A vulnerability inside WhatsApp has allowed attackers to infiltrate phones with spyware developed by Israeli developer NSO Group. Both WhatsApp and NSO Group have now confirmed that the exploit was present inside WhatsApp’s voice calling feature which allowed attackers to load the spyware into phones running Android or iOS.
The malicious code was transmitted by calling users on WhatsApp and the method even worked when the call was not answered, says The Financial Times. In several instances, the call would disappear from the call logs, which meant that there was a possibility that users never knew they received the call in the first place, let alone know that they had been targeted by spyware.
NSO Group’s Pegasus spyware which was used by the attackers to access users’ camera, microphone, location and all the texts. While WhatsApp hasn’t identified the perpetrators behind the exploit, the company has alerted human rights groups and the US Justice Department. The messaging service also revealed that the attackers had all the traits of a private company which could be working with governments to push spyware.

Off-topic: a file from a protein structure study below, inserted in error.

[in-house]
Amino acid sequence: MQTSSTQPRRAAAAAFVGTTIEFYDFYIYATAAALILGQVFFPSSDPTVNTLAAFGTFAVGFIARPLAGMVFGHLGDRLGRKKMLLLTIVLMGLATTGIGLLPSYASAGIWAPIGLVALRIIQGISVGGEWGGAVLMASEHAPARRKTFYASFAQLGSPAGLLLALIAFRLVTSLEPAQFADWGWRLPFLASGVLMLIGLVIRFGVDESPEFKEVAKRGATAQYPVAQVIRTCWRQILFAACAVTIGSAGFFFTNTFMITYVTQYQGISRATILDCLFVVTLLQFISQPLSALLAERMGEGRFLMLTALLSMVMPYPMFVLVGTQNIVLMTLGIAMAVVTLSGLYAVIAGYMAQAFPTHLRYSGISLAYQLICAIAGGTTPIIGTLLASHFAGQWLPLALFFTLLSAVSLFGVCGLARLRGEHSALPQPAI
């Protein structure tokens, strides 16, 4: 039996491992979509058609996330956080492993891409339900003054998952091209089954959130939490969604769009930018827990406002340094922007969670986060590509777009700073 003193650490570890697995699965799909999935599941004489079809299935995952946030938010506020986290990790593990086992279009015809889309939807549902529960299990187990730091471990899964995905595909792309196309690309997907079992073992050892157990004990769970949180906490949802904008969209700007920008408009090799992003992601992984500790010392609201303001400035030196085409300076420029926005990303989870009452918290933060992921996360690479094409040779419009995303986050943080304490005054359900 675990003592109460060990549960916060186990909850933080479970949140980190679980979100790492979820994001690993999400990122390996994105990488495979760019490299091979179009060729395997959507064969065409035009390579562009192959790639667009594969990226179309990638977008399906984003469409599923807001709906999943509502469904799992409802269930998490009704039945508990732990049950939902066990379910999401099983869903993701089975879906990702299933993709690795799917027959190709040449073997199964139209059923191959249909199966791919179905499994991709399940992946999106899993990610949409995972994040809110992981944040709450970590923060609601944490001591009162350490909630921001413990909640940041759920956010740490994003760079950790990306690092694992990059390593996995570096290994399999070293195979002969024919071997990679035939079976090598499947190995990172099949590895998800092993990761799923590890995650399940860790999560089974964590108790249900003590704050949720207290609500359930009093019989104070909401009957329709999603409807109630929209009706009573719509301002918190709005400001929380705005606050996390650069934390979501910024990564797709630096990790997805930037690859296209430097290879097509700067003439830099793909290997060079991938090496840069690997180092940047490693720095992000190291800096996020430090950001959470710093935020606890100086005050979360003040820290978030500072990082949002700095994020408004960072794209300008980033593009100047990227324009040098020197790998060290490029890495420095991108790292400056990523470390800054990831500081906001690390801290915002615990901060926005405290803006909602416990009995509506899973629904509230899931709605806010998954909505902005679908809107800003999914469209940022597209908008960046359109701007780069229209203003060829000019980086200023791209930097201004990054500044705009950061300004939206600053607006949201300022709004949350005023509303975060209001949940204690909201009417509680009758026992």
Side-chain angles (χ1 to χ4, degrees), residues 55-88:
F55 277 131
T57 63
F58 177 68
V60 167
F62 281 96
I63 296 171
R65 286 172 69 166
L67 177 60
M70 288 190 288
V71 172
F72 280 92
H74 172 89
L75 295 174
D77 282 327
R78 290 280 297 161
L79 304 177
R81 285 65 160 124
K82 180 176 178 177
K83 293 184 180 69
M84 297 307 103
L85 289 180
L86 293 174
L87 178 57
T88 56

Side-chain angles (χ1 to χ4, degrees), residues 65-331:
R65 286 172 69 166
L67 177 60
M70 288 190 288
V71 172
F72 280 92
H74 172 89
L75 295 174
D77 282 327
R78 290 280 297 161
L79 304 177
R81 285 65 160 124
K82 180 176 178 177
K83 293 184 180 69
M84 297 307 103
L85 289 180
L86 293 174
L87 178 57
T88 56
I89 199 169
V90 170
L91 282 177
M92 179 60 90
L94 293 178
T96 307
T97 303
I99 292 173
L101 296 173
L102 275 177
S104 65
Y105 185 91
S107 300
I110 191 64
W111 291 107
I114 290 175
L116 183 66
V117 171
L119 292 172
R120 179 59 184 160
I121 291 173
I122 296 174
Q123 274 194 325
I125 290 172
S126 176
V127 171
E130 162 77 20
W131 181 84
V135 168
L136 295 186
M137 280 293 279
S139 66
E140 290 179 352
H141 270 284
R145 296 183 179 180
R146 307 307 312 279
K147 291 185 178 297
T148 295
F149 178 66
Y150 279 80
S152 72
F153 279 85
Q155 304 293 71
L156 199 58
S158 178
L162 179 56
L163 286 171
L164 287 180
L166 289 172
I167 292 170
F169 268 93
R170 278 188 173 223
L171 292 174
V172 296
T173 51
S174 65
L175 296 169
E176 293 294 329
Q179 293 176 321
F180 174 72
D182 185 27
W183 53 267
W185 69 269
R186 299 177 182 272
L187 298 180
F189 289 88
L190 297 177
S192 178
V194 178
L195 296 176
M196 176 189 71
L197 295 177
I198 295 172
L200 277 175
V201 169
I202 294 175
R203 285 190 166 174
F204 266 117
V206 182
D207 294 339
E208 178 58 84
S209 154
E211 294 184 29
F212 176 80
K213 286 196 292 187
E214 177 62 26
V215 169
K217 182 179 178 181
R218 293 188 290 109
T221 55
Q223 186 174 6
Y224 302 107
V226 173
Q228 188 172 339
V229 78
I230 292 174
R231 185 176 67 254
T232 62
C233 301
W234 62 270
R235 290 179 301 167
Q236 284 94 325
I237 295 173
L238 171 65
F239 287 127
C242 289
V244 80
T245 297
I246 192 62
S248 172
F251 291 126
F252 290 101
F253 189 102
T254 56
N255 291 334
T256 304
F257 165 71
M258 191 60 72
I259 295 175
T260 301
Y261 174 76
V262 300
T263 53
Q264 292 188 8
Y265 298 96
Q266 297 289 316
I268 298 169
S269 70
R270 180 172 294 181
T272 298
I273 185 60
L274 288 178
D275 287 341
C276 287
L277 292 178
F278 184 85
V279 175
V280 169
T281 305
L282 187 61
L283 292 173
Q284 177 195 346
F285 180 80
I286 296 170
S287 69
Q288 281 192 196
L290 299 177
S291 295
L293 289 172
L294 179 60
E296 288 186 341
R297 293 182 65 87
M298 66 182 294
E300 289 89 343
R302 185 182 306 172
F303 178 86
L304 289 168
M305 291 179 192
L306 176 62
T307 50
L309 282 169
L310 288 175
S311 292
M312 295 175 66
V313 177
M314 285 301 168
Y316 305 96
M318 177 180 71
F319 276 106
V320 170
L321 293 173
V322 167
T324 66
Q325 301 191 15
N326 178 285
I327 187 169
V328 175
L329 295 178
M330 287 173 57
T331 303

NSO has, however, rejected such a notion on its behalf. The developer said “Under no circumstances would NSO be involved in the operating or identifying of targets of its technology, which is solely operated by intelligence and law enforcement agencies. NSO would not, or could not, use its technology in its own right to target any person or organisation, including this individual”.
WhatsApp has since then sent a fix for the issue through a server-side on Friday. The app has been updated with the same on Monday.